Royal Jet principally operates its Boeing Business Jets for the rich, the famous and for some emergencies. Image Credit: Supplied

Dubai: Abu Dhabi’s Royal Jet will expand its fleet this summer to tap ‘pent-up’ demand on certain routes – but that can only happen if restrictions are removed. It is operating at 65 per cent of its 2019 passenger traffic levels, but hopes to raise that to around 80 per cent by in the next two or three months as vaccination rates pick up.

“We're not coming back quite as fast as the smaller private jets are - but then we are still much faster than the airlines,” said Rob DiCastri, CEO of the Abu Dhabi-based private jet operator.

Although Dubai became a top destination for travellers wanting to escape the lockdowns in UK and Europe, private jet demand to fly to Abu Dhabi dragged for most of 2020. “It was a slow pickup (in Abu Dhabi) - we came to about 25 per cent of normal in July last year," he added. "But then we stayed at about 50 per cent until early this year.

“It was really only in the past two or three months we started to pick up a little more to the 60-65 per cent level.”

Read More

Different set of users

The normal economics of chartered flight companies does not apply to Royal Jet, which operates a fleet of Boeing Business Jets and caters to a high-profile flier. According to DiCastri, Royal Jet fits in the ‘premium private aviation sector,’ where “it’s not so much the corporate jets (or) smaller aircraft flying small groups. We have larger aircraft - 19 to 52 seats -and  we do a lot of government, diplomatic flights and some medical evacuations.”

Like several UAE private jet operators, Royal Jet has flown in passengers from India and Pakistan in the past. However, that is not the big money-spinner for the operator. “We have done some trips to and from India, Pakistan… where there are groups getting together and leasing an aircraft,” said DiCastri. They’re looking for a more “high-density” aircraft with mostly economy seats, he added.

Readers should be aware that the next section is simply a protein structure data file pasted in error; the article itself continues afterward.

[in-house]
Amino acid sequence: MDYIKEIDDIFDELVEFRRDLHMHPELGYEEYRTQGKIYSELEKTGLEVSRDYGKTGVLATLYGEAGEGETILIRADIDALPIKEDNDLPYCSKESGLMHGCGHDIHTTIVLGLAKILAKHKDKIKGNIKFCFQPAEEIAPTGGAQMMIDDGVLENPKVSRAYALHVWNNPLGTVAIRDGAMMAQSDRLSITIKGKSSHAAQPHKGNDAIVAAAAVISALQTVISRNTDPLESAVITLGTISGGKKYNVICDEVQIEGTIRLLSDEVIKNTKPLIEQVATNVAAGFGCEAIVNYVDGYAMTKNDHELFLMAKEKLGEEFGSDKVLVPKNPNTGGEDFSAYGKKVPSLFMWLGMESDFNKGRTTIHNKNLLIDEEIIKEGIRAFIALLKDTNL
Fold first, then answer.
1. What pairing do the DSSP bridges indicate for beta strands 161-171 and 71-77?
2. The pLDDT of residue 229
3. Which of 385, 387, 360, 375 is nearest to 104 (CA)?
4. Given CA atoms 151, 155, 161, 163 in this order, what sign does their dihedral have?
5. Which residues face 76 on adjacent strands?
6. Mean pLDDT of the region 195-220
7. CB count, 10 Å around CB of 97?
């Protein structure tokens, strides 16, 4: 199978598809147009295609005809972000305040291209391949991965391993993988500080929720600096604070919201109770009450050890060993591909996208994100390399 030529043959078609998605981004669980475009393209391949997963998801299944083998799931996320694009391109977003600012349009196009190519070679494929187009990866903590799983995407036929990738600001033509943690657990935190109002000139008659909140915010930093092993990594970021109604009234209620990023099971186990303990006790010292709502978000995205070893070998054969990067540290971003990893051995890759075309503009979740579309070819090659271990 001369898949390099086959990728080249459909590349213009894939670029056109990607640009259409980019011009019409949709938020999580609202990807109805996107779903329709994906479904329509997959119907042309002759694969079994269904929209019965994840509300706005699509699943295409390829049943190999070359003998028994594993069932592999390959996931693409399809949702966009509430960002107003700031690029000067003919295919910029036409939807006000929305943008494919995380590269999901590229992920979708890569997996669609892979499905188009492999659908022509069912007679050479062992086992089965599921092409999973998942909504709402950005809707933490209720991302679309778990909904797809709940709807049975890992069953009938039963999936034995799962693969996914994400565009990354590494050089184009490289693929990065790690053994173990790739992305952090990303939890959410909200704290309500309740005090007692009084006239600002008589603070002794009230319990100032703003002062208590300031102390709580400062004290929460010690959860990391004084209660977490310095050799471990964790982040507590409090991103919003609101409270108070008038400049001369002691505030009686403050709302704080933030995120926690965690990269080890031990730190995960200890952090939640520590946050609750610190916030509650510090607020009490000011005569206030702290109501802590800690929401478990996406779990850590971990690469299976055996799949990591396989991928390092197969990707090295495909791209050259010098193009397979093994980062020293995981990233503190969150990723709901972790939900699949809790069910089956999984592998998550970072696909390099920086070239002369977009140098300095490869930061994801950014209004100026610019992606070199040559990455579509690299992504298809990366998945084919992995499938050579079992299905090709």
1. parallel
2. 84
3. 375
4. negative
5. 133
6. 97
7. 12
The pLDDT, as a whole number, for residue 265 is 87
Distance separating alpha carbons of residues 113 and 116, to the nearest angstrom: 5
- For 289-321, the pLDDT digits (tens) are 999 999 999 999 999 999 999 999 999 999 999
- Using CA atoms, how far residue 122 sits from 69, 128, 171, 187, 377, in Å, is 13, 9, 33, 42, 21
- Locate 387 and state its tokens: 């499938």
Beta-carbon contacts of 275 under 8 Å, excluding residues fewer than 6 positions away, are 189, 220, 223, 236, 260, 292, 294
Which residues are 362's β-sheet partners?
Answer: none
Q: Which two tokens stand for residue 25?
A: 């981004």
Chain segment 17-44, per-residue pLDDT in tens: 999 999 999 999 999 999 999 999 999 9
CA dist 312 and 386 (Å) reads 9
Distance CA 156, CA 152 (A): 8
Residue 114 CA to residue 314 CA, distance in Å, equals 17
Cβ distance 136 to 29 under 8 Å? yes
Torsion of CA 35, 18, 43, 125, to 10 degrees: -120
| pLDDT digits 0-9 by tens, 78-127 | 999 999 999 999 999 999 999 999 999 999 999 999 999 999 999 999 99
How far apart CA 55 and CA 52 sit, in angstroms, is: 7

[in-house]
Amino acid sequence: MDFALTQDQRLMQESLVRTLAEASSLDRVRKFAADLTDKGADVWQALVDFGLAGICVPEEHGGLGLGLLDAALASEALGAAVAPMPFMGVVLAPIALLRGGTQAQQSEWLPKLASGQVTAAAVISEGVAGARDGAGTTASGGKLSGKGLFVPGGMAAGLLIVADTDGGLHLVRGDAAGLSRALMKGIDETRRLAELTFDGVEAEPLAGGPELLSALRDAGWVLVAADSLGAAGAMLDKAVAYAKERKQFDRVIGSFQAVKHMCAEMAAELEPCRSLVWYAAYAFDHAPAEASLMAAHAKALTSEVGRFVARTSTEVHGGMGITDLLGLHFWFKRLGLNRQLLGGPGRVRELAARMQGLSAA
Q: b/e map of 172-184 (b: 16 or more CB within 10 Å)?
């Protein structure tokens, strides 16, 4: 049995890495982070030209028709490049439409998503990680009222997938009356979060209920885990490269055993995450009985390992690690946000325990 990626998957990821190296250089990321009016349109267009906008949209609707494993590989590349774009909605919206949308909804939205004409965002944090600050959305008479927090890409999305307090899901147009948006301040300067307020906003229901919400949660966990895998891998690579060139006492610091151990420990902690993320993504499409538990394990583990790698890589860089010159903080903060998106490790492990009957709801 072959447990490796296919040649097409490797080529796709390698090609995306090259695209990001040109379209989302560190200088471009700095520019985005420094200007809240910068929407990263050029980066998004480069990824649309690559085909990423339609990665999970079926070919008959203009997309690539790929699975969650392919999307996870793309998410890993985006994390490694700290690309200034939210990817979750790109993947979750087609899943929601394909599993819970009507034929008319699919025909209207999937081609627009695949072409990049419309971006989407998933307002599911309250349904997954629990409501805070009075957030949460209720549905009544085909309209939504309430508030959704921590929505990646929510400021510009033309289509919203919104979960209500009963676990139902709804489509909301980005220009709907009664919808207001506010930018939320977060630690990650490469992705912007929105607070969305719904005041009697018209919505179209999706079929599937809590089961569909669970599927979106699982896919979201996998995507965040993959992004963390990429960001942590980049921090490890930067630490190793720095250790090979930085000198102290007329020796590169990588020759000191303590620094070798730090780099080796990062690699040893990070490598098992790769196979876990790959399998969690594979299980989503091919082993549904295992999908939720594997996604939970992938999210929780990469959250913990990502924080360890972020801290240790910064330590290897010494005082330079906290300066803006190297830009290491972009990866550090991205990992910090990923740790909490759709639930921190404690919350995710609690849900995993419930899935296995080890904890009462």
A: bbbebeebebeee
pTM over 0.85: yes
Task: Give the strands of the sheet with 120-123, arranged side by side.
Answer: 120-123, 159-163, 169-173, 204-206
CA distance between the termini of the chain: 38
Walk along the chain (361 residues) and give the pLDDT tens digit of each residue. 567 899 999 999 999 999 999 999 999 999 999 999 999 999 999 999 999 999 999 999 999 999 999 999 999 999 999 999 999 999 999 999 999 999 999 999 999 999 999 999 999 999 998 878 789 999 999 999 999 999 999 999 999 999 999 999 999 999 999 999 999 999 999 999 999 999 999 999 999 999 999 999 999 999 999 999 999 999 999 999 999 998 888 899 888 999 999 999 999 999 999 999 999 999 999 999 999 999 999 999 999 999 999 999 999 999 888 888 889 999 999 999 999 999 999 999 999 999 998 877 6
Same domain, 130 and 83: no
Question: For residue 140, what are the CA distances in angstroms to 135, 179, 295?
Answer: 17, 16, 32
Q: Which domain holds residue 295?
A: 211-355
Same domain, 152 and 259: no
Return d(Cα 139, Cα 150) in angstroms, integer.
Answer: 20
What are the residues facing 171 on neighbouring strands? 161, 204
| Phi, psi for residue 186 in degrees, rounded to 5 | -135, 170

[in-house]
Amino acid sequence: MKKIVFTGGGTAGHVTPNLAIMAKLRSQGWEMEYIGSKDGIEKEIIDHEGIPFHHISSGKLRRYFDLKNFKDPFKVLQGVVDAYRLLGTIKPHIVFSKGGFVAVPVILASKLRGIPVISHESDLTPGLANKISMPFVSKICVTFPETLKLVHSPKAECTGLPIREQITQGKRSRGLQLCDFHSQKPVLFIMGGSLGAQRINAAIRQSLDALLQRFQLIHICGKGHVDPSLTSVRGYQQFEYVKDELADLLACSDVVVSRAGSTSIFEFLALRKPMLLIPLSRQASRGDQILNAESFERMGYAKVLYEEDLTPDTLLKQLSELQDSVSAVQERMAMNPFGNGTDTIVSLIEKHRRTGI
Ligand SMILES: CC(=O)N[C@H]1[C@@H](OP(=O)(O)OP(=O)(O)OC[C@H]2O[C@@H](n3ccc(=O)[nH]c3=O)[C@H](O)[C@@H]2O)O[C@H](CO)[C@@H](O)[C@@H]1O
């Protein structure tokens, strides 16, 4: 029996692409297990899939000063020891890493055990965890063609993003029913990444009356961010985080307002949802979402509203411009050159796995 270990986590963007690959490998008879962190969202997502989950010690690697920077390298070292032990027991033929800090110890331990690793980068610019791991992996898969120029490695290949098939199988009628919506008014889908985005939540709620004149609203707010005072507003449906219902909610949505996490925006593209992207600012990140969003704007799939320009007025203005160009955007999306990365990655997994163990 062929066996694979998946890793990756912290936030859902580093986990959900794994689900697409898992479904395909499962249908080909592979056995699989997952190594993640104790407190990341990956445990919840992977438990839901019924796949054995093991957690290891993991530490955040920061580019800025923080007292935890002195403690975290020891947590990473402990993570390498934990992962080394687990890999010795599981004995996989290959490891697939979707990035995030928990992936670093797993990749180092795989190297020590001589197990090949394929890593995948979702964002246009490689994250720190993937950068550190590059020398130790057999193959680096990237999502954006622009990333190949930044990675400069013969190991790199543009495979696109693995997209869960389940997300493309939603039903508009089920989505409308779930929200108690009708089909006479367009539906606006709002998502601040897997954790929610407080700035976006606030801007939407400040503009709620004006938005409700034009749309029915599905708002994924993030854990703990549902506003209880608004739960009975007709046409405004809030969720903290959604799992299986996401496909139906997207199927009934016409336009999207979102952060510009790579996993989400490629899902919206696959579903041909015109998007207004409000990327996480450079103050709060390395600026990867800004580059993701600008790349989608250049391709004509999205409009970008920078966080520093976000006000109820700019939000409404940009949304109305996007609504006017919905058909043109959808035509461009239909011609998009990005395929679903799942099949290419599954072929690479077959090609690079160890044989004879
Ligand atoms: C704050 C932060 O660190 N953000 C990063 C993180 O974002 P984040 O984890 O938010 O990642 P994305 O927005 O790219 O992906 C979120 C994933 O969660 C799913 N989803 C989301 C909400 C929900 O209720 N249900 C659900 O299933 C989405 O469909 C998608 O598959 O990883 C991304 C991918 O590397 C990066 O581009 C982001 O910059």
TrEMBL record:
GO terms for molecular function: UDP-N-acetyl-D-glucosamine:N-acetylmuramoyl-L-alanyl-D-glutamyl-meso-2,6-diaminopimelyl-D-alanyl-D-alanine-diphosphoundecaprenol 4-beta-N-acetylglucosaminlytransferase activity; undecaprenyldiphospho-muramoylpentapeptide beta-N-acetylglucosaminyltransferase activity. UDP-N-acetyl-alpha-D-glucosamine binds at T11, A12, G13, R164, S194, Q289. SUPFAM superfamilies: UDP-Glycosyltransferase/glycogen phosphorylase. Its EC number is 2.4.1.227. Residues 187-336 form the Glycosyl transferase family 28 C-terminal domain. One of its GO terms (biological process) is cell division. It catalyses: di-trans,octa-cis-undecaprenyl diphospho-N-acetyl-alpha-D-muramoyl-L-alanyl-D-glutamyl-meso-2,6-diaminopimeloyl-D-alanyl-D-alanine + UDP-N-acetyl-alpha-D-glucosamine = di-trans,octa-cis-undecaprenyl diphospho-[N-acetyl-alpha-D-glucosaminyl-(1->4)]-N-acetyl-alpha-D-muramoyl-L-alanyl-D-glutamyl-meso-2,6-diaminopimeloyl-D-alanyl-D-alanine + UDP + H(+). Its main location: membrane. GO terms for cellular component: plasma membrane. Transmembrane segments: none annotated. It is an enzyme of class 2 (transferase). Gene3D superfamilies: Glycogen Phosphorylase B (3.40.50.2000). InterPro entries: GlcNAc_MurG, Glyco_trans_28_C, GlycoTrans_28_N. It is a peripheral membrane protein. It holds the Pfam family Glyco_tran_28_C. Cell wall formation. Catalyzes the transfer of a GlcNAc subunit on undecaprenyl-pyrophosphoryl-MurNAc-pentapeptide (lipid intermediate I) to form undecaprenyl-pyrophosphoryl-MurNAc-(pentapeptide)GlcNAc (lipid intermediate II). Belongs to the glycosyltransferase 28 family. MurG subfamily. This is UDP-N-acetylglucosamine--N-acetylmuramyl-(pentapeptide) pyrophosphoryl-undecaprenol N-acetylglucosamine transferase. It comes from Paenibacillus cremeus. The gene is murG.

Summer glory?

Typically, Royal Jet flies high-profile individuals to destinations such as Geneva, Paris, London and US cities. “We're hoping that will come back. Meantime there's a lot of travel to the Maldives, Seychelles and Morocco - we're hoping that this summer would be a little bit like summers in the past.”

A lot of people think that in the private jet world, you can get around those rules. Everyone has to follow the same rules

- Rob DiCastri, CEO

London drags

Travel between UAE and UK has come to a standstill due to mandatory quarantine measures. “People are going to other destinations instead. If that changes, I think we will probably get back to more people going to the UK and other destinations in Europe.”

In fact, the idea of "pent-up demand" was demonstrated when UAE and UK set up a quarantine-free travel corridor late last year. Within weeks, London-Dubai became the world’s busiest air route.

“A lot of people think that in the private jet world, you can get around those rules. Everyone has to follow the same rules,” said DiCastri. “You don't have to wait for a route to open up on an airline - but you definitely have to wait for the country to open up.”